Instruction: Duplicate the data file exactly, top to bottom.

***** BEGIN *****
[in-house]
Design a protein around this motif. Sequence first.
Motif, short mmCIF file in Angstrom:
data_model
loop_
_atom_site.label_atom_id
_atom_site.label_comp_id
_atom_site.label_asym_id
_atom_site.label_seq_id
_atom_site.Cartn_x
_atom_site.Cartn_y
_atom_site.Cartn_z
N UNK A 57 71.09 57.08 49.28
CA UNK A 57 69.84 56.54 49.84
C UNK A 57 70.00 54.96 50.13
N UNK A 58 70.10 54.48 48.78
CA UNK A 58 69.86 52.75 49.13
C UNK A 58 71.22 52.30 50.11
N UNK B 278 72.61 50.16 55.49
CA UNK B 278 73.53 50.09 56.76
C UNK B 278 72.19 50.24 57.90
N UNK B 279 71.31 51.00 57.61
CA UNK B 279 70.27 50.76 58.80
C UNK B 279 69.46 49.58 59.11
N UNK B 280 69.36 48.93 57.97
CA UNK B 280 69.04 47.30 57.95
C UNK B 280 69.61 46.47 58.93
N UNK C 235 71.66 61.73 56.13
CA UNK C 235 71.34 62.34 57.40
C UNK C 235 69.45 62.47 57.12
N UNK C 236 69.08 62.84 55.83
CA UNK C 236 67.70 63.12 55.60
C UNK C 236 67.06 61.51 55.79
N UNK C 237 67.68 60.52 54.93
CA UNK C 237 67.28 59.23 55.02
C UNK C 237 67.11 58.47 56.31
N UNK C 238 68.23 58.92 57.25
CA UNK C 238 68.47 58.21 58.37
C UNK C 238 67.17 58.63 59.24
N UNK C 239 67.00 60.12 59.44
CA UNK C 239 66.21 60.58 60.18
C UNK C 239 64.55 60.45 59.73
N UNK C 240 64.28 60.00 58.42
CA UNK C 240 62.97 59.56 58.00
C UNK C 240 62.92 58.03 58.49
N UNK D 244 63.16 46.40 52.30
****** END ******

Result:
[in-house]
Design a protein around this motif. Sequence first.
Motif, short mmCIF file in Angstrom:
data_model
loop_
_atom_site.label_atom_id
_atom_site.label_comp_id
_atom_site.label_asym_id
_atom_site.label_seq_id
_atom_site.Cartn_x
_atom_site.Cartn_y
_atom_site.Cartn_z
N UNK A 57 71.09 57.08 49.28
CA UNK A 57 69.84 56.54 49.84
C UNK A 57 70.00 54.96 50.13
N UNK A 58 70.10 54.48 48.78
CA UNK A 58 69.86 52.75 49.13
C UNK A 58 71.22 52.30 50.11
N UNK B 278 72.61 50.16 55.49
CA UNK B 278 73.53 50.09 56.76
C UNK B 278 72.19 50.24 57.90
N UNK B 279 71.31 51.00 57.61
CA UNK B 279 70.27 50.76 58.80
C UNK B 279 69.46 49.58 59.11
N UNK B 280 69.36 48.93 57.97
CA UNK B 280 69.04 47.30 57.95
C UNK B 280 69.61 46.47 58.93
N UNK C 235 71.66 61.73 56.13
CA UNK C 235 71.34 62.34 57.40
C UNK C 235 69.45 62.47 57.12
N UNK C 236 69.08 62.84 55.83
CA UNK C 236 67.70 63.12 55.60
C UNK C 236 67.06 61.51 55.79
N UNK C 237 67.68 60.52 54.93
CA UNK C 237 67.28 59.23 55.02
C UNK C 237 67.11 58.47 56.31
N UNK C 238 68.23 58.92 57.25
CA UNK C 238 68.47 58.21 58.37
C UNK C 238 67.17 58.63 59.24
N UNK C 239 67.00 60.12 59.44
CA UNK C 239 66.21 60.58 60.18
C UNK C 239 64.55 60.45 59.73
N UNK C 240 64.28 60.00 58.42
CA UNK C 240 62.97 59.56 58.00
C UNK C 240 62.92 58.03 58.49
N UNK D 244 63.16 46.40 52.30